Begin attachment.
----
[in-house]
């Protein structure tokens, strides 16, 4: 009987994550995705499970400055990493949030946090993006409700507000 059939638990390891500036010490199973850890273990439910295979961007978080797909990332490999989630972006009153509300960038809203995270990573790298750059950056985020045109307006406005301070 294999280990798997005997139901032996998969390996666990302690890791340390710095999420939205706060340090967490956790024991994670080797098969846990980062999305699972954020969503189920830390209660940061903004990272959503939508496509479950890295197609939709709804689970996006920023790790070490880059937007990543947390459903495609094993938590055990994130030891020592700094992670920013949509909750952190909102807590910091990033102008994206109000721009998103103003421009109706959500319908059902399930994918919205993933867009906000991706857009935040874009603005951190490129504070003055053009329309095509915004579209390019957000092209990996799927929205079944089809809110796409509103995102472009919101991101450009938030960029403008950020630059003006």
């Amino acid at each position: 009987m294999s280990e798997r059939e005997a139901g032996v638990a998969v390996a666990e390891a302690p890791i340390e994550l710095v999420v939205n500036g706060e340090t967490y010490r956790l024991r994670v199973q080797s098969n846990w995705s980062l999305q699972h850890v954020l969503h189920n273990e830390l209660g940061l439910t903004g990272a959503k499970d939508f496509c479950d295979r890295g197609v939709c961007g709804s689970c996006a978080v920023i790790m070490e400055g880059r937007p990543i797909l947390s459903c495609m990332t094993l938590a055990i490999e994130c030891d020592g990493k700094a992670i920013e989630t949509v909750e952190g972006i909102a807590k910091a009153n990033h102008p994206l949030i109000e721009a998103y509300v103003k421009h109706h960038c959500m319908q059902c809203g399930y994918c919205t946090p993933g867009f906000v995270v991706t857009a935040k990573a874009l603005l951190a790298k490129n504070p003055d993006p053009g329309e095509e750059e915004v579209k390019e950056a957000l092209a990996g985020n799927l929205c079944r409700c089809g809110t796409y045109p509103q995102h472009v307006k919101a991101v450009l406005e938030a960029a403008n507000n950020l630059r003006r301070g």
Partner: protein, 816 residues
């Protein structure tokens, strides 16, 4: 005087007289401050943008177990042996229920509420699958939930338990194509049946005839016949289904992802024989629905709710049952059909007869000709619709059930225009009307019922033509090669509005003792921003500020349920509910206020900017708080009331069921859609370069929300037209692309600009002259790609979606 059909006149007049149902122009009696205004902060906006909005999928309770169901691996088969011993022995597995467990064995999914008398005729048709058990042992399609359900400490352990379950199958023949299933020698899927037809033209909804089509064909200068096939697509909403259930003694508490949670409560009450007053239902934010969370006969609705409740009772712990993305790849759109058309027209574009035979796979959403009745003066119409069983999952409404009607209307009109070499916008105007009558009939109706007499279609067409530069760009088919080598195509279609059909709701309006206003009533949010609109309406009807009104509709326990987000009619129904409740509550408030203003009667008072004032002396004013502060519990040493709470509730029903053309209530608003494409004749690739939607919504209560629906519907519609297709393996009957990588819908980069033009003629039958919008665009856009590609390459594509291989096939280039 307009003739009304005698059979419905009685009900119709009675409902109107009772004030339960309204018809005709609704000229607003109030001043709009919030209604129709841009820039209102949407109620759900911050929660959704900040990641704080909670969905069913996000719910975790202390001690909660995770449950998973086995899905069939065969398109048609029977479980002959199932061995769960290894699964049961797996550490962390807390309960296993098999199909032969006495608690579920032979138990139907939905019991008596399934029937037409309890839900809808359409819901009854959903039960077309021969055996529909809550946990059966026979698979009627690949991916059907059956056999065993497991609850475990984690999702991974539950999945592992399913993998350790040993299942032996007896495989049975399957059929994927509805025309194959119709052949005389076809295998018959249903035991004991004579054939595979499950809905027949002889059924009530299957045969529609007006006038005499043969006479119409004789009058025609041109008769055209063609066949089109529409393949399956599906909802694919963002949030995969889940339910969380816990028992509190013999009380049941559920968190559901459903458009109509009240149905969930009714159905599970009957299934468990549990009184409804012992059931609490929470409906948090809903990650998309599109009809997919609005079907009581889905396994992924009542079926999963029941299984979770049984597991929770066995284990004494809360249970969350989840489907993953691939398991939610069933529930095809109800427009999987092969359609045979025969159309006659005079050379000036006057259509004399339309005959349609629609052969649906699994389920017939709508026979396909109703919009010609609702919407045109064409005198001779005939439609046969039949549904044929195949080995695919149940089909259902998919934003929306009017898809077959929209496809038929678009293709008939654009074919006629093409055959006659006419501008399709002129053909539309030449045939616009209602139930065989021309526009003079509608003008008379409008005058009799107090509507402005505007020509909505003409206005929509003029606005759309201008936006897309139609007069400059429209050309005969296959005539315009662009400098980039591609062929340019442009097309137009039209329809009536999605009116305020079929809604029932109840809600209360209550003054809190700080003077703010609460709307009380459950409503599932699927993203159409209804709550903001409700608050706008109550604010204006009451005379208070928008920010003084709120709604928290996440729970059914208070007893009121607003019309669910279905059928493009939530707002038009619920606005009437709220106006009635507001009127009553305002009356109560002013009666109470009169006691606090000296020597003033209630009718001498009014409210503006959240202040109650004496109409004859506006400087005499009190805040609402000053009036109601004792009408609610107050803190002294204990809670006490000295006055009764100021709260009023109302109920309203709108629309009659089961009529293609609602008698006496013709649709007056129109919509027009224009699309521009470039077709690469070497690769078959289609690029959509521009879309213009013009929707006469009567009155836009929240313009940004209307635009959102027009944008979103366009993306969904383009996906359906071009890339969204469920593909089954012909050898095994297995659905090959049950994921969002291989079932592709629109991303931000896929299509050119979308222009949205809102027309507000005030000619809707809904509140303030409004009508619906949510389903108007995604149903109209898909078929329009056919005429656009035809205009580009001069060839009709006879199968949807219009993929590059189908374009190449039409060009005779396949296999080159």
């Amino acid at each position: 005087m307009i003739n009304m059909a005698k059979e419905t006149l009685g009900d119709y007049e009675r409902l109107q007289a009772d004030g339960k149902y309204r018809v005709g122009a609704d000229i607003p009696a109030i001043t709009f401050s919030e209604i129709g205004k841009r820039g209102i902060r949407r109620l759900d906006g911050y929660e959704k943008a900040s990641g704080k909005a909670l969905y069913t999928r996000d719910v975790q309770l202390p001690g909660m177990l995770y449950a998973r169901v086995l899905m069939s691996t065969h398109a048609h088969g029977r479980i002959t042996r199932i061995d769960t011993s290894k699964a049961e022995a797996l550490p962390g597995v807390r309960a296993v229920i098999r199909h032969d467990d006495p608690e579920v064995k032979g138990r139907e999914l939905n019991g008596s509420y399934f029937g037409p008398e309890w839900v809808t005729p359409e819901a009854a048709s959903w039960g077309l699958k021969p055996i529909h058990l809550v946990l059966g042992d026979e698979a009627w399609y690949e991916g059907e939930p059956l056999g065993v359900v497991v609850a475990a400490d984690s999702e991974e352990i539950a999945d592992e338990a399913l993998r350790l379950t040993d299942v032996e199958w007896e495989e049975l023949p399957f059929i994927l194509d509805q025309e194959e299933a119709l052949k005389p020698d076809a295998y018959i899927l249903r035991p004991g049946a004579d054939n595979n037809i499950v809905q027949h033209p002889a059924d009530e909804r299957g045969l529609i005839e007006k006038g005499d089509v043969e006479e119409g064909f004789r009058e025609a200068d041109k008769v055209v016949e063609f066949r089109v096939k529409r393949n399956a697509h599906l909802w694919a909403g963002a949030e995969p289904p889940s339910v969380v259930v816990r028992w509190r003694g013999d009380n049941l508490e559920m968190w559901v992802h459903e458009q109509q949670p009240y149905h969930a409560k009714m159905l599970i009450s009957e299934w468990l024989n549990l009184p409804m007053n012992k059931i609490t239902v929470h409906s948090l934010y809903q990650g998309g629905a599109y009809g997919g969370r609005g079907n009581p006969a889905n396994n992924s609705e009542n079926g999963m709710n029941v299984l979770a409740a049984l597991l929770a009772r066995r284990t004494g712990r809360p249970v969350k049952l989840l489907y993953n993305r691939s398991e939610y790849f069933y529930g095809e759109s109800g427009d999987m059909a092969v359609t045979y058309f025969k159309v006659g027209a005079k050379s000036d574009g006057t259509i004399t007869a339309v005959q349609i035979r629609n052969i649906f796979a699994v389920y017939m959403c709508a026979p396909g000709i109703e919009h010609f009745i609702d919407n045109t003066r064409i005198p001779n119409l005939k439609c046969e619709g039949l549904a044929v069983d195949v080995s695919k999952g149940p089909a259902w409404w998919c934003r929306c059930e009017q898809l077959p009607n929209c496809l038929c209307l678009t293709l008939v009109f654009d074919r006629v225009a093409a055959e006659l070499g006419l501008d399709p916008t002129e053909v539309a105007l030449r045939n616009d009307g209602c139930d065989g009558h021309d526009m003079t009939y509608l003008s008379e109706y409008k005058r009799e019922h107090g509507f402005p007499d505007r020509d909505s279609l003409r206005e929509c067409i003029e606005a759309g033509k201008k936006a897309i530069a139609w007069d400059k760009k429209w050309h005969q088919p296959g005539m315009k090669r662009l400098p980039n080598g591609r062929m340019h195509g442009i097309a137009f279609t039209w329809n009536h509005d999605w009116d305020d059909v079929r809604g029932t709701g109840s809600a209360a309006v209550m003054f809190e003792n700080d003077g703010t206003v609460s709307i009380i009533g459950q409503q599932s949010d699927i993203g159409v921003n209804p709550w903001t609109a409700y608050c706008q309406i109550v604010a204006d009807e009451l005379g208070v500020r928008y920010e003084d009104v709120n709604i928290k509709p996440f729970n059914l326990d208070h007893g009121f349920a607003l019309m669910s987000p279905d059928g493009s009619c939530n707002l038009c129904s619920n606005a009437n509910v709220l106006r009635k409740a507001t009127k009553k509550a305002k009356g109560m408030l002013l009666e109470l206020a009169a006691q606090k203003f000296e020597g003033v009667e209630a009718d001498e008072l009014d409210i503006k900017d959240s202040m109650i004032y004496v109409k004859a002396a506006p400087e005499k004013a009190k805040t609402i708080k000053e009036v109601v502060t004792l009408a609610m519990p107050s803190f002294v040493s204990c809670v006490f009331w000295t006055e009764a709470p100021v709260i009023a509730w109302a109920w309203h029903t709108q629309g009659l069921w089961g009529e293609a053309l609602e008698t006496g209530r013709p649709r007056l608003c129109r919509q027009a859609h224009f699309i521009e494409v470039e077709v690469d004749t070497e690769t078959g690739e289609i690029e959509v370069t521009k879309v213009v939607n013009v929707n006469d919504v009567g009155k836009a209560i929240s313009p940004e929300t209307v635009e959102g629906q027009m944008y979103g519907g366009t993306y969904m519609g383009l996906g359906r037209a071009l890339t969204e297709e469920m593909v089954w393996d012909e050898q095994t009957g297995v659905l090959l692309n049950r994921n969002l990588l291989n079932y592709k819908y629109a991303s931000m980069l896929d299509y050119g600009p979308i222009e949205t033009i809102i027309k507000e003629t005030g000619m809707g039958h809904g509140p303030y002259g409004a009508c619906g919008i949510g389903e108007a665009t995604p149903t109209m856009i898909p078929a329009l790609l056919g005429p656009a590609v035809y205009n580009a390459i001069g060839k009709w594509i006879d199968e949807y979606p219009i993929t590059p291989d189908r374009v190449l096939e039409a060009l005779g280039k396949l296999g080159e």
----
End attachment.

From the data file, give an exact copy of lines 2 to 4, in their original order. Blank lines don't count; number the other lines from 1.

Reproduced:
């Protein structure tokens, strides 16, 4: 009987994550995705499970400055990493949030946090993006409700507000 059939638990390891500036010490199973850890273990439910295979961007978080797909990332490999989630972006009153509300960038809203995270990573790298750059950056985020045109307006406005301070 294999280990798997005997139901032996998969390996666990302690890791340390710095999420939205706060340090967490956790024991994670080797098969846990980062999305699972954020969503189920830390209660940061903004990272959503939508496509479950890295197609939709709804689970996006920023790790070490880059937007990543947390459903495609094993938590055990994130030891020592700094992670920013949509909750952190909102807590910091990033102008994206109000721009998103103003421009109706959500319908059902399930994918919205993933867009906000991706857009935040874009603005951190490129504070003055053009329309095509915004579209390019957000092209990996799927929205079944089809809110796409509103995102472009919101991101450009938030960029403008950020630059003006």
């Amino acid at each position: 009987m294999s280990e798997r059939e005997a139901g032996v638990a998969v390996a666990e390891a302690p890791i340390e994550l710095v999420v939205n500036g706060e340090t967490y010490r956790l024991r994670v199973q080797s098969n846990w995705s980062l999305q699972h850890v954020l969503h189920n273990e830390l209660g940061l439910t903004g990272a959503k499970d939508f496509c479950d295979r890295g197609v939709c961007g709804s689970c996006a978080v920023i790790m070490e400055g880059r937007p990543i797909l947390s459903c495609m990332t094993l938590a055990i490999e994130c030891d020592g990493k700094a992670i920013e989630t949509v909750e952190g972006i909102a807590k910091a009153n990033h102008p994206l949030i109000e721009a998103y509300v103003k421009h109706h960038c959500m319908q059902c809203g399930y994918c919205t946090p993933g867009f906000v995270v991706t857009a935040k990573a874009l603005l951190a790298k490129n504070p003055d993006p053009g329309e095509e750059e915004v579209k390019e950056a957000l092209a990996g985020n799927l929205c079944r409700c089809g809110t796409y045109p509103q995102h472009v307006k919101a991101v450009l406005e938030a960029a403008n507000n950020l630059r003006r301070g």
Partner: protein, 816 residues